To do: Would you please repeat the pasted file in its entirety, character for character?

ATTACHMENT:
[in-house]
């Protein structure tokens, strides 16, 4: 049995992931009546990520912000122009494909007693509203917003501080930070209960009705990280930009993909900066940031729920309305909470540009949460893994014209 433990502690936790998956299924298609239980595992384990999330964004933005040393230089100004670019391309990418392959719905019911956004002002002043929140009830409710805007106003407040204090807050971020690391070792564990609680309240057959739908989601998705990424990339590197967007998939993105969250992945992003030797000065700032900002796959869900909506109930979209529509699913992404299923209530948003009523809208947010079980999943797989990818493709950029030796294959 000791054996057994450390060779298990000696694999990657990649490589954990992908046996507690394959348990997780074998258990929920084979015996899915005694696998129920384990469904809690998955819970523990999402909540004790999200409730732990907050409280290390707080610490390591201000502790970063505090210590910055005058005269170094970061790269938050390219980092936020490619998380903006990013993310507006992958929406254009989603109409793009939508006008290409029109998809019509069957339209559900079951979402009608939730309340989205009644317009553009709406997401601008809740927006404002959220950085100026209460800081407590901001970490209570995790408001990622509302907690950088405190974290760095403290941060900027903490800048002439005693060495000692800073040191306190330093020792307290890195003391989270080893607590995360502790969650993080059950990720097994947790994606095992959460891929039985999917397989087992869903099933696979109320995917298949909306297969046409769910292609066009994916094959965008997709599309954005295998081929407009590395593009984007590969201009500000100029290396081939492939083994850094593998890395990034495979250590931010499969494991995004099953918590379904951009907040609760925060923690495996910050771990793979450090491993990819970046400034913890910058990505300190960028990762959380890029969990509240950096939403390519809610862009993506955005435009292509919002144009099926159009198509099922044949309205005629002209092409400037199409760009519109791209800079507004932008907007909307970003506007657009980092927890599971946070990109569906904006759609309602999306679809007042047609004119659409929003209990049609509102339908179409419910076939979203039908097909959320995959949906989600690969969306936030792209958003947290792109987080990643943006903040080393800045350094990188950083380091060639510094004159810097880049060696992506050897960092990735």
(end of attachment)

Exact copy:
[in-house]
């Protein structure tokens, strides 16, 4: 049995992931009546990520912000122009494909007693509203917003501080930070209960009705990280930009993909900066940031729920309305909470540009949460893994014209 433990502690936790998956299924298609239980595992384990999330964004933005040393230089100004670019391309990418392959719905019911956004002002002043929140009830409710805007106003407040204090807050971020690391070792564990609680309240057959739908989601998705990424990339590197967007998939993105969250992945992003030797000065700032900002796959869900909506109930979209529509699913992404299923209530948003009523809208947010079980999943797989990818493709950029030796294959 000791054996057994450390060779298990000696694999990657990649490589954990992908046996507690394959348990997780074998258990929920084979015996899915005694696998129920384990469904809690998955819970523990999402909540004790999200409730732990907050409280290390707080610490390591201000502790970063505090210590910055005058005269170094970061790269938050390219980092936020490619998380903006990013993310507006992958929406254009989603109409793009939508006008290409029109998809019509069957339209559900079951979402009608939730309340989205009644317009553009709406997401601008809740927006404002959220950085100026209460800081407590901001970490209570995790408001990622509302907690950088405190974290760095403290941060900027903490800048002439005693060495000692800073040191306190330093020792307290890195003391989270080893607590995360502790969650993080059950990720097994947790994606095992959460891929039985999917397989087992869903099933696979109320995917298949909306297969046409769910292609066009994916094959965008997709599309954005295998081929407009590395593009984007590969201009500000100029290396081939492939083994850094593998890395990034495979250590931010499969494991995004099953918590379904951009907040609760925060923690495996910050771990793979450090491993990819970046400034913890910058990505300190960028990762959380890029969990509240950096939403390519809610862009993506955005435009292509919002144009099926159009198509099922044949309205005629002209092409400037199409760009519109791209800079507004932008907007909307970003506007657009980092927890599971946070990109569906904006759609309602999306679809007042047609004119659409929003209990049609509102339908179409419910076939979203039908097909959320995959949906989600690969969306936030792209958003947290792109987080990643943006903040080393800045350094990188950083380091060639510094004159810097880049060696992506050897960092990735």